2.1 Data Analysis
Four classrooms out of the 220 measured were not included in the analyzed sample set. Two of the high school classrooms that had been identified by our school district partners as math classrooms before the start of the school year were not included because they were reassigned to science classrooms which did not correspond to the assessment subjects. Analysis of Mahalanobis distances was used to identify other outliers in the data set, resulting in the exclusion of two other classrooms that were dedicated to special education learners.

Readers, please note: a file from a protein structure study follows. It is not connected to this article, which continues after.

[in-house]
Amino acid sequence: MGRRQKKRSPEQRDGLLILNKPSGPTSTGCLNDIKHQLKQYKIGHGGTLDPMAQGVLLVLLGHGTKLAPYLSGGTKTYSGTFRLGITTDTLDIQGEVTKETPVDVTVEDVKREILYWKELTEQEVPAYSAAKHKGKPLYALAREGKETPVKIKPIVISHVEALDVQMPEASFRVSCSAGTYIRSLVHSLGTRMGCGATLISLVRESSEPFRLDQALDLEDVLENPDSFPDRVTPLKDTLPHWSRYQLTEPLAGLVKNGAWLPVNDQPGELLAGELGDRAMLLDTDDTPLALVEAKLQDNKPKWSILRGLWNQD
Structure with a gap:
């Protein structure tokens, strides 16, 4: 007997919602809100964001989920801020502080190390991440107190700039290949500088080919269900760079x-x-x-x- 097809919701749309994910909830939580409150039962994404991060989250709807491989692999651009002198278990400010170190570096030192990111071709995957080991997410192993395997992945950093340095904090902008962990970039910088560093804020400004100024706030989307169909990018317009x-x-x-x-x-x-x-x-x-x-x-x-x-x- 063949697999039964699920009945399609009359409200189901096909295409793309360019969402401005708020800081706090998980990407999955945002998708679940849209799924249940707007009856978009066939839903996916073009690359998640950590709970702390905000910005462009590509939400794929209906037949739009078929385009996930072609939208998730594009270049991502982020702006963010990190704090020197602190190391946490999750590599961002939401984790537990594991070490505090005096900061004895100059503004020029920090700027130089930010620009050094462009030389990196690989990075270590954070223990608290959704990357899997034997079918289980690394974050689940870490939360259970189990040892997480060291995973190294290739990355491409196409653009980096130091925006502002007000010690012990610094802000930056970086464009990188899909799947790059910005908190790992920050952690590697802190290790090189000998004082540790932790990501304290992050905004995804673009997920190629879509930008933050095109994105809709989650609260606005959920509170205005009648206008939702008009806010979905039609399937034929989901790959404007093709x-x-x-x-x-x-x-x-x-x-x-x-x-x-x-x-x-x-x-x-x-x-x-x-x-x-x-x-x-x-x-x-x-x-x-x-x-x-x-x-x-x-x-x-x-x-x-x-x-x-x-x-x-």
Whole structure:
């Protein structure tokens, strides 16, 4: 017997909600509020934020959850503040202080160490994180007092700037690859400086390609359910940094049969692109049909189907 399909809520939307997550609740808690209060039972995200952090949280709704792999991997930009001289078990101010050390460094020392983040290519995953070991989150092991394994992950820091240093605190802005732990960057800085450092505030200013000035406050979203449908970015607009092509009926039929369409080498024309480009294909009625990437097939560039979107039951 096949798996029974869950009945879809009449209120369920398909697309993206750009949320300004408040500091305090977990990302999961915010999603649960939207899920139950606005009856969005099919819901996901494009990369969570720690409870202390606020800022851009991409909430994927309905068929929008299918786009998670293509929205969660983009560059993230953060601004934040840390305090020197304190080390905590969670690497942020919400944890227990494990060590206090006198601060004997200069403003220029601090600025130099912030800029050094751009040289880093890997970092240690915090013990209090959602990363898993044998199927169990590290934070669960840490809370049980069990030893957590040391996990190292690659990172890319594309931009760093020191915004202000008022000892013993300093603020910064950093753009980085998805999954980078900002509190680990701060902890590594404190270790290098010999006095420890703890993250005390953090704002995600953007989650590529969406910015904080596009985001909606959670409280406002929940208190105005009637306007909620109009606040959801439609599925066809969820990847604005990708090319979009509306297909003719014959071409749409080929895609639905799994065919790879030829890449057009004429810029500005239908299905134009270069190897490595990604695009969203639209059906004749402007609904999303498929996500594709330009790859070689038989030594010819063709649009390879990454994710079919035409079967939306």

Each sound level meter reported A, B, C, and Z-weighted equivalent levels at an interval of every 10 s, in addition to equivalent octave band levels with center frequencies ranging from 32 Hz to 8 kHz. Because the focus of this investigation is on sound levels experienced during the school day, only sound level data recorded during published academic hours for each school were used in the following analyses. An energy-average of the data from the two sound level meters within each classroom was taken at every time interval across the school day, and the energy-averaged data were then used to calculate assorted acoustic metrics for each school day. As with any data set and project of this size, there were occasional missing data, equipment malfunctions, and operator mistakes. Importing routines were programmed to create a log of missing files and missing data, as well as to flag possibly spurious data to be removed from subsequent averaging. Of the 216 classrooms, 83% had data logged over six complete school days on both sound level meters in the classroom, while 15% had missing data on one meter impacting one to 2 days, 0.5% had missing data on one meter impacting three to 4 days, and none had missing data on one meter impacting five to 6 days. In all cases, there were at least data logged on one meter over the six school days.